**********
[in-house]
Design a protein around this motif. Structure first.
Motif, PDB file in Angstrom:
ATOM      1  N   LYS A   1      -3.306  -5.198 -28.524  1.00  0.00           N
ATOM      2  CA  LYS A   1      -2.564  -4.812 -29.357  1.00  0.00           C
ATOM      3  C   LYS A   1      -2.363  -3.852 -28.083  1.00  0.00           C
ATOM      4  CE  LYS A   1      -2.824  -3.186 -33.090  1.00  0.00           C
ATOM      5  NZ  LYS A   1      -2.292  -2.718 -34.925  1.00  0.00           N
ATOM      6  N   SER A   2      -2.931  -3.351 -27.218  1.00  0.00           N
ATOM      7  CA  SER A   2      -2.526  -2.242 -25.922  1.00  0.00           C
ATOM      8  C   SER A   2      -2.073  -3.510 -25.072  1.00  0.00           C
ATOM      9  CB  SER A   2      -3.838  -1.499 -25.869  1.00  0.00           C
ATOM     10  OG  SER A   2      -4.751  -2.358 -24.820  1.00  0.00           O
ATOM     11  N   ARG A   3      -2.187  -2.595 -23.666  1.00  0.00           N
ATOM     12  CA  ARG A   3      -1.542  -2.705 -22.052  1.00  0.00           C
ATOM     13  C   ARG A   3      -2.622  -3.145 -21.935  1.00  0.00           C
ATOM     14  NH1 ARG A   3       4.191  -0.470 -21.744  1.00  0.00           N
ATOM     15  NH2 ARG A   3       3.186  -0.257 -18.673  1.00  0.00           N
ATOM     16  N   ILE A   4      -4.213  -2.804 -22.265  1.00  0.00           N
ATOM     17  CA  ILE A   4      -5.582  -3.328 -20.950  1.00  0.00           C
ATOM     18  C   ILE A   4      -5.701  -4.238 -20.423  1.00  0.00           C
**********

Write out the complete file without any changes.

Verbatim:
[in-house]
Design a protein around this motif. Structure first.
Motif, PDB file in Angstrom:
ATOM      1  N   LYS A   1      -3.306  -5.198 -28.524  1.00  0.00           N
ATOM      2  CA  LYS A   1      -2.564  -4.812 -29.357  1.00  0.00           C
ATOM      3  C   LYS A   1      -2.363  -3.852 -28.083  1.00  0.00           C
ATOM      4  CE  LYS A   1      -2.824  -3.186 -33.090  1.00  0.00           C
ATOM      5  NZ  LYS A   1      -2.292  -2.718 -34.925  1.00  0.00           N
ATOM      6  N   SER A   2      -2.931  -3.351 -27.218  1.00  0.00           N
ATOM      7  CA  SER A   2      -2.526  -2.242 -25.922  1.00  0.00           C
ATOM      8  C   SER A   2      -2.073  -3.510 -25.072  1.00  0.00           C
ATOM      9  CB  SER A   2      -3.838  -1.499 -25.869  1.00  0.00           C
ATOM     10  OG  SER A   2      -4.751  -2.358 -24.820  1.00  0.00           O
ATOM     11  N   ARG A   3      -2.187  -2.595 -23.666  1.00  0.00           N
ATOM     12  CA  ARG A   3      -1.542  -2.705 -22.052  1.00  0.00           C
ATOM     13  C   ARG A   3      -2.622  -3.145 -21.935  1.00  0.00           C
ATOM     14  NH1 ARG A   3       4.191  -0.470 -21.744  1.00  0.00           N
ATOM     15  NH2 ARG A   3       3.186  -0.257 -18.673  1.00  0.00           N
ATOM     16  N   ILE A   4      -4.213  -2.804 -22.265  1.00  0.00           N
ATOM     17  CA  ILE A   4      -5.582  -3.328 -20.950  1.00  0.00           C
ATOM     18  C   ILE A   4      -5.701  -4.238 -20.423  1.00  0.00           C